Commercial Loan Pricing Market Update (May 4-8)

May 11, 2020 Anna-Fay Lohn

Each week since early March, we’ve posted updates on the commercial loan pricing markets, based on what we’ve seen when examining the PrecisionLender dataset. We look at several popular metrics and point out areas in which there have been noteworthy changes. 

Today’s update is through the end of last week – May 8. If you’d like to see our previous weekly pricing market updates, you can find them here.  

As the first chart below will show, recent volume continues to be low by pre-COVID-19 standards. So while the developments we point out are certainly worth monitoring, they should also be taken with a proverbial grain of salt, given the smaller-than-usual sample size. 

NOTE: PrecisionLender’s data reflects opportunities actual commercial opportunities priced (loans, deposits, and other fee-based business) by more than 150 banks in the United States, ranging in size from small community banks to top 10 U.S. institutions. In addition to their variance in size, these banks are also geographically diverse, with borrowers in all 50 states.

Volume Rebounds From YTD Low 

As previously mentioned, commercial pricing activity outside of PPP has been lighter than pre-COVID levels. But last week volume picked up by 34% from the previous week, which was the lowest period, year-to-date. Still the volume for the past five weeks is approximately 37% lower than pre-COVID run rates. 

Priced Commercial Loan Volume by Week

Floating Rate Deals Shift from LIBOR to Prime

While deal based on 1-Month LIBOR have become less common (just 16% of the mix), prime-based floating rate deals jumped up in frequency (from 16 to 22%).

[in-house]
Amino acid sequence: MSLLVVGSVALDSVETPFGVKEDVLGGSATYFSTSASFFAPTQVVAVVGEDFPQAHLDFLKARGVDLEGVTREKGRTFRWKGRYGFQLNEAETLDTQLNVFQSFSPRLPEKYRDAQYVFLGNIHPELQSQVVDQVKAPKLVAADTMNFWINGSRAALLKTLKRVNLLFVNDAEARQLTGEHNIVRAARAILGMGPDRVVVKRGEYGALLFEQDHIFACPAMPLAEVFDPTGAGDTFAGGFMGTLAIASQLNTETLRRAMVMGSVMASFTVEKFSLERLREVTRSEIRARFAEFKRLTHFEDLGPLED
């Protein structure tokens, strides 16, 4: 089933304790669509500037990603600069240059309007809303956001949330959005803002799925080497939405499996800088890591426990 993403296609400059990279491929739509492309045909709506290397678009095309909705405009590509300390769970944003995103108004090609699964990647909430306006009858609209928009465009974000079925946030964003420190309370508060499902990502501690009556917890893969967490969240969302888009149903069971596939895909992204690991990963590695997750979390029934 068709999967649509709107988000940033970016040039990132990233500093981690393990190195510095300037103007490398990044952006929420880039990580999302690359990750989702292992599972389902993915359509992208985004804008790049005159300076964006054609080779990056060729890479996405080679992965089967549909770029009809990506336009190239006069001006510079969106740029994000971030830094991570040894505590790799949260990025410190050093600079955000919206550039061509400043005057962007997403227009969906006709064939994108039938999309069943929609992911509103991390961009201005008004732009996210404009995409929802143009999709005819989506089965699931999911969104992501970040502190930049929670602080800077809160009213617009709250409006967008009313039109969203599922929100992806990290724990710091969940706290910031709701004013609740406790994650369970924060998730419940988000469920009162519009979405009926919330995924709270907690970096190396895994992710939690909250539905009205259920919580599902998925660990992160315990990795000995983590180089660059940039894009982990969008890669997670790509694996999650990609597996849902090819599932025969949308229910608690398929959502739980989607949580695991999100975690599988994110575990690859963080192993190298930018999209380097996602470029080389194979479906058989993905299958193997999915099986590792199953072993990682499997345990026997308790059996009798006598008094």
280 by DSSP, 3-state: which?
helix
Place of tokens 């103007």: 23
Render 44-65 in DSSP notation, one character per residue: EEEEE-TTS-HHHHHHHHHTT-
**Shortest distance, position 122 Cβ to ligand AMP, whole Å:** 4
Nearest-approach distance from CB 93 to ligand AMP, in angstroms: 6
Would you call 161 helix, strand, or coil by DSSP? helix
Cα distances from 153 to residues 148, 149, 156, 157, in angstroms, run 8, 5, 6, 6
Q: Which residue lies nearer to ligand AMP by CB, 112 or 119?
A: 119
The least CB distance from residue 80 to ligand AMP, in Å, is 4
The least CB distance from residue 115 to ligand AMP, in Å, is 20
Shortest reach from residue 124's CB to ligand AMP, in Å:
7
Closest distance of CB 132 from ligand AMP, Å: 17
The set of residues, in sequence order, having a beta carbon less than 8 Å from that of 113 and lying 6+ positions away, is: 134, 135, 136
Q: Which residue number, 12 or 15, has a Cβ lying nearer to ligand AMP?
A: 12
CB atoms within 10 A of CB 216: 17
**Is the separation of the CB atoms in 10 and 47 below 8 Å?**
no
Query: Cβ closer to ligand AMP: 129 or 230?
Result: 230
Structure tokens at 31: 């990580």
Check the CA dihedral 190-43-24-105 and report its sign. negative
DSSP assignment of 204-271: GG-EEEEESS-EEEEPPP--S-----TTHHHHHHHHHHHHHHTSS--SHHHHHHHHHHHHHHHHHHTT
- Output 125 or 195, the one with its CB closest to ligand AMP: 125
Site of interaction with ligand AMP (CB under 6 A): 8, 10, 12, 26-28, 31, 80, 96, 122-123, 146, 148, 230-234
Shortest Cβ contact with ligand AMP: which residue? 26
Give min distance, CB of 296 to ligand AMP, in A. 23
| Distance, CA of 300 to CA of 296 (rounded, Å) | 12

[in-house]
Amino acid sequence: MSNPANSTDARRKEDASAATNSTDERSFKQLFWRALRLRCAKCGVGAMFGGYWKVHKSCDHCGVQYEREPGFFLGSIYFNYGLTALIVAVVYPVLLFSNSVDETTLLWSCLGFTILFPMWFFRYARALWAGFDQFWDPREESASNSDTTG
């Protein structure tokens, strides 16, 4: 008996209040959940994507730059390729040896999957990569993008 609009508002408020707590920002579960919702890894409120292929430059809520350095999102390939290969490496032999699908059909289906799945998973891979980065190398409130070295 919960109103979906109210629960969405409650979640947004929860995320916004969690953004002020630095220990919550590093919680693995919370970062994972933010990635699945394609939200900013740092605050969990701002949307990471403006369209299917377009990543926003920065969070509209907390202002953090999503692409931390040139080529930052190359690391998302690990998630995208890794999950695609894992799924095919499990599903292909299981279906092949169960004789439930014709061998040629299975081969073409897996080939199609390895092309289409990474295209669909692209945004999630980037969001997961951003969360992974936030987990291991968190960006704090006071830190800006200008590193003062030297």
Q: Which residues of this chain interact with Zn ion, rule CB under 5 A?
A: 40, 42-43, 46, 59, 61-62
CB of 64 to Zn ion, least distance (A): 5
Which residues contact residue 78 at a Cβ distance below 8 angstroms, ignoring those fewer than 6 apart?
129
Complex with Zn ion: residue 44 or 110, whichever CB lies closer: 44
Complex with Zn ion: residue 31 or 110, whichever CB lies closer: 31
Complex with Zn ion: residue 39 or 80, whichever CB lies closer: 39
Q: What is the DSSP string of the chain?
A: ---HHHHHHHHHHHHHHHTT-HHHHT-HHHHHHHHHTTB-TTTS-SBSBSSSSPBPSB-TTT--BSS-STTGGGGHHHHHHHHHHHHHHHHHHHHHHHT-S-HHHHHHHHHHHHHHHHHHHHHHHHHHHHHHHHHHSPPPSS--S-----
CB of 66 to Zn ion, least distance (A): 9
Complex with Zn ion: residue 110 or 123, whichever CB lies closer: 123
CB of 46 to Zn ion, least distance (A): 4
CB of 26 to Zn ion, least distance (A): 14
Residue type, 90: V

Mix by Rate Type

LIBOR Spreads Spike

The comparatively fewer deals that were based on LIBOR experienced wider spreads, up 20 basis points over the previous week, and registered the highest level of any week in 2020. 

Spread to 1-Month LIBOR

This is likely a combination of opportunistic pricing or yield protection on a smaller number of deals and a significant drop in the index rate. Note that the funding curve for 1-month LIBOR has dropped nearly 40 bps in the past two weeks. 

3-Month LIBOR Swap Curve

Big NIM Increases for Floating & Fixed Rate Deals

It’s not clear why yields rose on fixed-rate deals, other than again pointing to opportunistic pricing as the most likely explanation. Those yields, along with lowered COF, led to a 24 bps jump in fixed-rate NIM, week over week. 

Fixed-Rate NIM Composition

It was a similar story with floating-rate deals, as a 15 bps week-over-week increase in yield and the aforementioned drop in COF led to a whopping 40+ bps increase in NIM, to 3.16%.

Floating-Rate NIM Composition


Both metrics, though, should be viewed against the context of the low volume numbers. 

Maturities & Amoritizations Below Q1 Levels

Fixed-rate amortizations remained lower over the past three weeks, when compared to Jan-March pricing activity. Fixed-rate maturities remained around the six-year mark. Floating rate maturities are around the 2.5 year mark, a drop from the 3-year lengths in the January-March time frame.

Floating- and fixed-rate maturities have been steady the past three weeks, but are both well off from Jan-March levels. 

Maturity and Amortization in Months

Got Questions? 

Our banking consultants and data scientists are combing through PrecisionLender pricing data every day. If there’s anything you’d like to know about what they’re seeing, please send along your questions to








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